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April 14, 2014

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Laura

I had nearly the same experience with that same article -- I had seen the headline on my Facebook news feed on my phone and tried to find the article later when I was on my iPad (I prefer to read articles on the larger screen when I can.) I had the same trouble you did in finding that information!

Lynn Gaertner-Johnston

Hi, Laura. Thanks for letting me know we shared that experience.

Lynn

Amy Frushour Kelly

Well said!

Lynn, how did you feel when this occurred? Did you feel frustrated, or as though your time had been wasted? I ask because, as a reader, I feel a little betrayed when that happens to me. It's essentially false advertising -- the headline offers a keen, quick insight that the article fails to deliver in a keen, quick way.

In academics, this kind of writing that builds up to a conclusion is valued, but in the academic world, people read the writer's paper or article because it's their job to do so. It's writer-centered. In the mainstream world, the reader is (usually) paying to read the article, making it the writer/editor's job to deliver the promised insights in a manner that's easily comprehensible. When this sort of writing works, it's reader-centered.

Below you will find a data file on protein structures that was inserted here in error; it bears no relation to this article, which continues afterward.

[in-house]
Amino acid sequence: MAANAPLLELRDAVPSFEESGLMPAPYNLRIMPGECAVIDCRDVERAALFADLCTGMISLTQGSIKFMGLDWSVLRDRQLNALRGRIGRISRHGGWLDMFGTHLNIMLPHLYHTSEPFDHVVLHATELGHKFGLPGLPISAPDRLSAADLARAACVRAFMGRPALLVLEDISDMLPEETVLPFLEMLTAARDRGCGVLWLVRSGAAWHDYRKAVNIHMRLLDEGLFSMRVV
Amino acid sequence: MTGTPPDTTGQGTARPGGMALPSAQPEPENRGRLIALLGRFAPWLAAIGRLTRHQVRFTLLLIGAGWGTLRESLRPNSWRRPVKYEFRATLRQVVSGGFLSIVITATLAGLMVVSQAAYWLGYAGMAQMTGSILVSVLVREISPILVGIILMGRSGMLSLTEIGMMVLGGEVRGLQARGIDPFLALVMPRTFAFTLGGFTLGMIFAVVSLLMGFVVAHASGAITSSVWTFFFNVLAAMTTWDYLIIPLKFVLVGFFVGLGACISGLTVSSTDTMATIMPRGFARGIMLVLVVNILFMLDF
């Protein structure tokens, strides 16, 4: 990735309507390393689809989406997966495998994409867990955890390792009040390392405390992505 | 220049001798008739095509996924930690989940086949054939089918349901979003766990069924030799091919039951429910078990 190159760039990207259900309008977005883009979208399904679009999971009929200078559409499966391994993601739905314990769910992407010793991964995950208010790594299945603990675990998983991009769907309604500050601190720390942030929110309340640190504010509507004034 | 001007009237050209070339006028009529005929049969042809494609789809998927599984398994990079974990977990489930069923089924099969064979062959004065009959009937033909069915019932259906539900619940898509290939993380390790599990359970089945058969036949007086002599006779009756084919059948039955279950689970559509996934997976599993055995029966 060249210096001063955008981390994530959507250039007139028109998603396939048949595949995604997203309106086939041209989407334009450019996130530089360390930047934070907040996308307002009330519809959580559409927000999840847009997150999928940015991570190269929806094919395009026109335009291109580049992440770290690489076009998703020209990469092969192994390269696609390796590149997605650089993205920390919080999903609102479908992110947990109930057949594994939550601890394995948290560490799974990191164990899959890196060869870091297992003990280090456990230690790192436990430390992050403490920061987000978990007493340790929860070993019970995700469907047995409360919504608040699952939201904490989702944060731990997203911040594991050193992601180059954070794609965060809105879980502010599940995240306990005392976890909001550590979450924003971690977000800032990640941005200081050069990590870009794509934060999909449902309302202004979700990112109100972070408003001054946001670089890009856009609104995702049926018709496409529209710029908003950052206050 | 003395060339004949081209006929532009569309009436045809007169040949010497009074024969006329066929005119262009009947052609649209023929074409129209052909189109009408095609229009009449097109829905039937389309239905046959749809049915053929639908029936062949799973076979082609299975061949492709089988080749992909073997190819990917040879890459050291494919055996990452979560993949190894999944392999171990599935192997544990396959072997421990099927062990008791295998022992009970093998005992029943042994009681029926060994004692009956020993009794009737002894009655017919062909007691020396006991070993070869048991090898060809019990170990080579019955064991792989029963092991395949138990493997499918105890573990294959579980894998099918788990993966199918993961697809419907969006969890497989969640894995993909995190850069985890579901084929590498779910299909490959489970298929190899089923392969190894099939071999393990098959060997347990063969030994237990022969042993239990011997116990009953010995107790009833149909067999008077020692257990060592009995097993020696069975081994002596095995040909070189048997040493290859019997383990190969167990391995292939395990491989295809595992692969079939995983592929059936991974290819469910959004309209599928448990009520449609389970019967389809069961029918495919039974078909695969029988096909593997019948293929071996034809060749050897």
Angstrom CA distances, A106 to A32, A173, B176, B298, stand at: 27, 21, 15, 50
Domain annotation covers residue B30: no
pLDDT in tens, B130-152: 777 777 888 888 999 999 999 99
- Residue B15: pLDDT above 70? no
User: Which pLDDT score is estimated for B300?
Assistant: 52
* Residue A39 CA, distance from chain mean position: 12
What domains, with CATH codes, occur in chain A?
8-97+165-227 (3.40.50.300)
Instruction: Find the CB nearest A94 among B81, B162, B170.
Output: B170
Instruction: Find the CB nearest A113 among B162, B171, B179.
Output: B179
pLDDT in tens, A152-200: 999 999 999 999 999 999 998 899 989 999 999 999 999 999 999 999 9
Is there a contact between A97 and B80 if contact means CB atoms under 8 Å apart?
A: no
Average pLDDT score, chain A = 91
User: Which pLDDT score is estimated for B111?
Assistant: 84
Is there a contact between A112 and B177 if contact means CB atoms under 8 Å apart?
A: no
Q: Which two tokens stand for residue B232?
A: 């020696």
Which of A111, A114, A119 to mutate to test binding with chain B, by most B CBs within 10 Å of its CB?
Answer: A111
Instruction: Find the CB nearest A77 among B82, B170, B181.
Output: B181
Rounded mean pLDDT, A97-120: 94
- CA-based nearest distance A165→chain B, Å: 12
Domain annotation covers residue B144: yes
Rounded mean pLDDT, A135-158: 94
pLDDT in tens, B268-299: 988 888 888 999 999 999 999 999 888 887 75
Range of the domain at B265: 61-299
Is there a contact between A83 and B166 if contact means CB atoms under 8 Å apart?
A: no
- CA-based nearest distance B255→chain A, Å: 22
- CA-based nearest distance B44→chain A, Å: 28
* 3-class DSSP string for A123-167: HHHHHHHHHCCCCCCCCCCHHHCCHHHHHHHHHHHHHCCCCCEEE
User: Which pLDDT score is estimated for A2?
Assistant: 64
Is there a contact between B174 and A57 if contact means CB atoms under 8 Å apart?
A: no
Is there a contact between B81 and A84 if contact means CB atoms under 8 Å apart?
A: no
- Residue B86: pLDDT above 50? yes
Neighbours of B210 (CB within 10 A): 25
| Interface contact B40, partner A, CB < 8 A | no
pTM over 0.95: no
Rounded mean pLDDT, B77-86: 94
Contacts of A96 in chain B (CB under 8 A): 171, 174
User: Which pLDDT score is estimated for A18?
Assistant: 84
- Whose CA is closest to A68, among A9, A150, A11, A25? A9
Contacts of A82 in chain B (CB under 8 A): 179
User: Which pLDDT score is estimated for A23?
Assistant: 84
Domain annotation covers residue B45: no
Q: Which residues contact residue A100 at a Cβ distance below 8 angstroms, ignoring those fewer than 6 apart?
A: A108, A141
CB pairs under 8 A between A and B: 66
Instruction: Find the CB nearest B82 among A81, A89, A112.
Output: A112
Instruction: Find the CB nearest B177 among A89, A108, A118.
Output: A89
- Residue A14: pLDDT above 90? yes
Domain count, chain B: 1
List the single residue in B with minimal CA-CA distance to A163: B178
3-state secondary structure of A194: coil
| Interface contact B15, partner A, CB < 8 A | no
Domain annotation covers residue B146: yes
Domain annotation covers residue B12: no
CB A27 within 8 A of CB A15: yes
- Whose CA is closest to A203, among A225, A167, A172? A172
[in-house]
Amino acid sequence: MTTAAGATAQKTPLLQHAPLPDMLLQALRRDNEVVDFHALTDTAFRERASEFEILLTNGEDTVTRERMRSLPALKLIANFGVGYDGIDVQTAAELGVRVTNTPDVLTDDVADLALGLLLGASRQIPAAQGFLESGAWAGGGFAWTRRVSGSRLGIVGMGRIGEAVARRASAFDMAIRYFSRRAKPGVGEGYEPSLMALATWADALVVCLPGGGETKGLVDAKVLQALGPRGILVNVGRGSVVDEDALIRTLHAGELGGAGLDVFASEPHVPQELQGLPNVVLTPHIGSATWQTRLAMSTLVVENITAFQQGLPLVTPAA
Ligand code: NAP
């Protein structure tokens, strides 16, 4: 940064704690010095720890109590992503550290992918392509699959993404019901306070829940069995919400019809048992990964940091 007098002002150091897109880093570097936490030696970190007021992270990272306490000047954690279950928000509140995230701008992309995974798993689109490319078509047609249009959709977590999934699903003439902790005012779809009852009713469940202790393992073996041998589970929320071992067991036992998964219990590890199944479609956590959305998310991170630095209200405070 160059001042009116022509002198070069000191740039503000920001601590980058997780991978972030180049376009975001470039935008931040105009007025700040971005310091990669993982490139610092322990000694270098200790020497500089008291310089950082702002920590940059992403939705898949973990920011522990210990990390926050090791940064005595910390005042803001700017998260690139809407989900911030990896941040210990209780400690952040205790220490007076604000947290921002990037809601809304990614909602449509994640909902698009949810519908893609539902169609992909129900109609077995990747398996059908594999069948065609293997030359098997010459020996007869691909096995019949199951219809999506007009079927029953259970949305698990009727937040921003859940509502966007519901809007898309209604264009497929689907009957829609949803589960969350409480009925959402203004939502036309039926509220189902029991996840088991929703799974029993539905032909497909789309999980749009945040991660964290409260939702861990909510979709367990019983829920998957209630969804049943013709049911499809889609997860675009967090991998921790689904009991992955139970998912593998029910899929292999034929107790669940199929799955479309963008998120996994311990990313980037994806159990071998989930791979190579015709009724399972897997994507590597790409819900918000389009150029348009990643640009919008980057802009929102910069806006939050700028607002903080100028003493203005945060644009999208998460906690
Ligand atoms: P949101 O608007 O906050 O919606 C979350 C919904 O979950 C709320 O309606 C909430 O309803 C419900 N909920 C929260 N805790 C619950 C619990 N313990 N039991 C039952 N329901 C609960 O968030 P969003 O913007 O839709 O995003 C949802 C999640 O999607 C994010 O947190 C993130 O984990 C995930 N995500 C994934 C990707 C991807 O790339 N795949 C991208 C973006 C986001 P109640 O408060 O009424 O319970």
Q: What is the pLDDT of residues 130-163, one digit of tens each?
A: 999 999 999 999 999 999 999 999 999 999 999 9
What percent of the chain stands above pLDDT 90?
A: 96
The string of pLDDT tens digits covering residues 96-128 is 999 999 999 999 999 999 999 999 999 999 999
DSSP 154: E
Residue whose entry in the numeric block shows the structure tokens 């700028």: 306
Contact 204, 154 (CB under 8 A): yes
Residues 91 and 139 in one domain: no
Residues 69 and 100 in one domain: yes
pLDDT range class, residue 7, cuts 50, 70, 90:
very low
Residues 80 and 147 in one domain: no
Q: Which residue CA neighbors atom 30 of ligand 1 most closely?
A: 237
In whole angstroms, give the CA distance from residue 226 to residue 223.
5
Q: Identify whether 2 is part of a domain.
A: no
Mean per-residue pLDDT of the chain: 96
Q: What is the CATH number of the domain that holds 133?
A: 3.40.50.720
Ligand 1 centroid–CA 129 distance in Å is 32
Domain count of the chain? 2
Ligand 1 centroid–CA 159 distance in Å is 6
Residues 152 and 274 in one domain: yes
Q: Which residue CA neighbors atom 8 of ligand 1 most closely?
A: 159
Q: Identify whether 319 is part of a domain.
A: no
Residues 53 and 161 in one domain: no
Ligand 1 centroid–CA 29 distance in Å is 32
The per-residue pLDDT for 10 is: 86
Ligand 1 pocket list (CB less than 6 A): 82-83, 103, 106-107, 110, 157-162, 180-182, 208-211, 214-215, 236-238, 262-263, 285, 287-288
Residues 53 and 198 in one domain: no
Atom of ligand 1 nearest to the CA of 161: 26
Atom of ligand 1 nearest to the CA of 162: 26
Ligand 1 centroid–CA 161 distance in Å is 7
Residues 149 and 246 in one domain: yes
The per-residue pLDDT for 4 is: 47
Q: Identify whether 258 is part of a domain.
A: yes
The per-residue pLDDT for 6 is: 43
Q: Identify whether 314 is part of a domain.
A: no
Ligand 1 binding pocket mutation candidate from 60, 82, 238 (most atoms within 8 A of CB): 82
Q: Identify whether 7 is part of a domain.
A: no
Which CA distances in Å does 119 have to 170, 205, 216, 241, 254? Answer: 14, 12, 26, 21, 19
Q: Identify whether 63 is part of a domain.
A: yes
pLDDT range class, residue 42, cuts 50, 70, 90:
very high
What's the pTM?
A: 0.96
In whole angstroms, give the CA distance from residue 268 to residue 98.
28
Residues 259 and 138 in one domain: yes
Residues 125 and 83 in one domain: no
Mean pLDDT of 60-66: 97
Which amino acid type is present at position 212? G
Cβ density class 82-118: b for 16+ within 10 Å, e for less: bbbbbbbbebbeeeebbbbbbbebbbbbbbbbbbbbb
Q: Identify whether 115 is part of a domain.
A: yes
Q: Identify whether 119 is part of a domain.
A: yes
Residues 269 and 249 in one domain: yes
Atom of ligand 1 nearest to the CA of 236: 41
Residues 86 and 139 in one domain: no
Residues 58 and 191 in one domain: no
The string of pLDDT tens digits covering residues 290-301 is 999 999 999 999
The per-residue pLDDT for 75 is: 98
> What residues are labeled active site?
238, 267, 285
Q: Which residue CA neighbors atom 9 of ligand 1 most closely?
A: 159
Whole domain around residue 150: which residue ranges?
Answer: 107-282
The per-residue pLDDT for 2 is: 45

Sorry to rant! Love your blog, as always.

Lynn Gaertner-Johnston

Amy, thank you for your interesting view of the situation. I like your discussion of writer-centered and reader-centered writing.

Yes, I did feel frustrated. The title enticed me, and the work of reading to get my reward dragged on.

Lynn

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